Investigating the variability of fructose absorption in the New Zealand population

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dc.contributor.advisor Merry, T en
dc.contributor.author Chan, Yuk Man en
dc.date.accessioned 2017-11-30T20:53:47Z en
dc.date.issued 2017 en
dc.identifier.uri http://hdl.handle.net/2292/36626 en
dc.description Full text is available to authenticated members of The University of Auckland only. en
dc.description.abstract Introduction: Fructose exists in the form of free fructose, sucrose and oligosaccharides in the diet. It is the sweetest natural sugar found in whole foods like honey and fruits. Although the fructose metabolism is complicated and still unclear, it is suggested that inducing de novo lipogenesis (DNL) would be activated in high fructose consumption, which could alter the blood metabolite, and induce chronic metabolic disease in the long term. While fructose malabsorption, a physiological disability in completely absorbing fructose, is common; it is suggested to be a protective mechanism from overconsumption of fructose. Aim: To investigate the variations in fructose absorption in New Zealand adults via detecting the gastrointestinal gas production, and assessing the blood glucose response, and symptomatic discomfort during the breath test. Results were then correlated with the body composition, age, gender, and dietary fructose consumption. Method: A 35g fructose solution was used as an intervention. In the pilot study, eight healthy adults took a hydrogen breath test on three occasions. Breath samples were taken every 15 minutes, up to two hours. In the full trial, twenty-six healthy adults completed a once-off hydrogen breath test with breath sampling every 30 minutes, up to two hours, and blood sampling at baseline, 30, 60 and 120 minutes. Methane testing was only taken in the breath samples which did not give a rise in hydrogen content. Results and Discussion: Half of the participants (13/26) produced hydrogen breath. No methane gas was produced in the remaining half of the hydrogen non-producers. A greater intensity of symptomatic discomfort was observed in hydrogen producers. A weak impact in fructose malabsorption was observed in the correlation with gender and age. No difference was found in the fructose absorption rate with blood glucose response, body anthropometry, and dietary fructose consumption. A suggested self-management of behaviours was observed in fructose malabsorbers and resulted in a reduction in fructose consumption, and the palate preference for fructose taste. Conclusion: The findings suggest a hydrogen breath test at 30-minute intervals is reproducible and validated in detecting fructose malabsorption. A stronger relationship between anthropometry and postprandial response maybe produced with an increased sample in population size with a diversity of age, gender and body size. en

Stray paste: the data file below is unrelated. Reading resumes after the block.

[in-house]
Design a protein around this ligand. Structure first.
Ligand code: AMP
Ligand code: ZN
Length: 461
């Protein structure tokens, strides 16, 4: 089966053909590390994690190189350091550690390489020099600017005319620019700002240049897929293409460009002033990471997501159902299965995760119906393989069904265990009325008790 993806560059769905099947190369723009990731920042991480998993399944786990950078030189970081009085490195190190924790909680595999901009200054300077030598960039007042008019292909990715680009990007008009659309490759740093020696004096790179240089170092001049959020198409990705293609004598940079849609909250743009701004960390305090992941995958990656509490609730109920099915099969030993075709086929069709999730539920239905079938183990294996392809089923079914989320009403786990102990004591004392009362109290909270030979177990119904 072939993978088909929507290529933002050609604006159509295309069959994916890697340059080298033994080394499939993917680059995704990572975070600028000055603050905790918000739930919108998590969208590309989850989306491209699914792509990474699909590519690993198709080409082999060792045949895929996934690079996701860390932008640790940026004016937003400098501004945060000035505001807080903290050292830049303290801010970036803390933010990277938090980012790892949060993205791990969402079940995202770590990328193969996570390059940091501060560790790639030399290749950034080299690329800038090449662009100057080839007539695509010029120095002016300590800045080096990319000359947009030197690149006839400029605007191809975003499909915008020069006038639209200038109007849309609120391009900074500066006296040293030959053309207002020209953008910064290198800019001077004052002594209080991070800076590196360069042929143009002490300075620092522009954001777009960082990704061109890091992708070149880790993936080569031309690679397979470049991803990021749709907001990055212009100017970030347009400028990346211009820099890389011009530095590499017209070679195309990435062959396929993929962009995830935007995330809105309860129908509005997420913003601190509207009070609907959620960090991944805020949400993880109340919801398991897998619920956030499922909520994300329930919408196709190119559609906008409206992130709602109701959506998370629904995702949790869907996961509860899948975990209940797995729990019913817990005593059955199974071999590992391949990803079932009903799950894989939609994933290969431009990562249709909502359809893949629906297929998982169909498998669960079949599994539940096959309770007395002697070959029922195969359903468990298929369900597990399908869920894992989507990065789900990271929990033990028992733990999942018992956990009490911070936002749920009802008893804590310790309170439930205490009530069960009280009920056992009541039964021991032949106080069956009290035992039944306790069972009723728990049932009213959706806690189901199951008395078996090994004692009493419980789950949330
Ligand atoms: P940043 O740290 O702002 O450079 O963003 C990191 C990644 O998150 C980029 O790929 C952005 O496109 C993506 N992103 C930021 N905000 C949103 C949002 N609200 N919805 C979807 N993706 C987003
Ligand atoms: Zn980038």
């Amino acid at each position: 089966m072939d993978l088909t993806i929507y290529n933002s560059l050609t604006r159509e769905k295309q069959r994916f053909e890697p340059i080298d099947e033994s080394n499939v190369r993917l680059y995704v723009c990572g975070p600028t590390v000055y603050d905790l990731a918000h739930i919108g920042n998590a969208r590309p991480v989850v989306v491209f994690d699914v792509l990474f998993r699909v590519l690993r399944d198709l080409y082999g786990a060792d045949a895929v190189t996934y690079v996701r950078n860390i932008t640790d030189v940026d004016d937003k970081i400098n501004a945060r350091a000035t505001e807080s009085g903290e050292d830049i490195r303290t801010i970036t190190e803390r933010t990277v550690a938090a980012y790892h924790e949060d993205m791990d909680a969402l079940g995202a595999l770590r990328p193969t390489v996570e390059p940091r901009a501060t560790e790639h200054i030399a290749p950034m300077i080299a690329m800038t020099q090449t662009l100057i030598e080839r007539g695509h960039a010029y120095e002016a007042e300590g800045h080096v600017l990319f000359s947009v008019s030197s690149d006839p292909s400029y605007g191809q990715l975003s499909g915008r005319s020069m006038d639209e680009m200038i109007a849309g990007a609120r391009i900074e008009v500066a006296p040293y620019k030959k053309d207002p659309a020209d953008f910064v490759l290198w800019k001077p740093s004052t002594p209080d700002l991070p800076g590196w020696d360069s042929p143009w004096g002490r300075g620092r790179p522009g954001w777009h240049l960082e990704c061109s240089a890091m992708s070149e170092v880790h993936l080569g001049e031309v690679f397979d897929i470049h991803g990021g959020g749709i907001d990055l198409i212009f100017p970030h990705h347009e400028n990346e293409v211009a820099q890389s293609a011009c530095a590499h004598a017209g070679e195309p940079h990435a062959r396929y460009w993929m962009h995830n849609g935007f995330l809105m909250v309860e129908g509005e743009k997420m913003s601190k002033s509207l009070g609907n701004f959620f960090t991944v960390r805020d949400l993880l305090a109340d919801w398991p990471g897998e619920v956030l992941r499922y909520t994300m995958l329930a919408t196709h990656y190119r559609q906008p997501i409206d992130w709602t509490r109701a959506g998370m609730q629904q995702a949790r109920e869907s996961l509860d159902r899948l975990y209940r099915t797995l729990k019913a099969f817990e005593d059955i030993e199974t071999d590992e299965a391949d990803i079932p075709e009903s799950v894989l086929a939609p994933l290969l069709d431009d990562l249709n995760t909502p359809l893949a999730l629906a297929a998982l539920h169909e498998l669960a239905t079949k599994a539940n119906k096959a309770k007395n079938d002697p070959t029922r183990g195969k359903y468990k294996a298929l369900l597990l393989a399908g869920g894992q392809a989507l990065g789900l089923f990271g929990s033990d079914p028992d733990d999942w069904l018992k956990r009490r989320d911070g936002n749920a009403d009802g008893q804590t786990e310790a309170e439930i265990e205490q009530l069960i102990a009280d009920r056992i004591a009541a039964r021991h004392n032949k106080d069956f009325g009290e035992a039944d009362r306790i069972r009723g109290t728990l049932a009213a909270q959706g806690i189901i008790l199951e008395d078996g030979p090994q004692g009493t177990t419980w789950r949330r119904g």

dc.publisher ResearchSpace@Auckland en
dc.relation.ispartof Masters Thesis - University of Auckland en
dc.relation.isreferencedby UoA99265064514002091 en
dc.rights Items in ResearchSpace are protected by copyright, with all rights reserved, unless otherwise indicated. Previously published items are made available in accordance with the copyright policy of the publisher. en
dc.rights Restricted Item. Available to authenticated members of The University of Auckland. en
dc.rights.uri https://researchspace.auckland.ac.nz/docs/uoa-docs/rights.htm en
dc.rights.uri http://creativecommons.org/licenses/by-nc-sa/3.0/nz/ en
dc.title Investigating the variability of fructose absorption in the New Zealand population en
dc.type Thesis en
thesis.degree.discipline Health Science en
thesis.degree.grantor The University of Auckland en
thesis.degree.level Masters en
dc.rights.holder Copyright: The author en
pubs.elements-id 718469 en
pubs.record-created-at-source-date 2017-12-01 en


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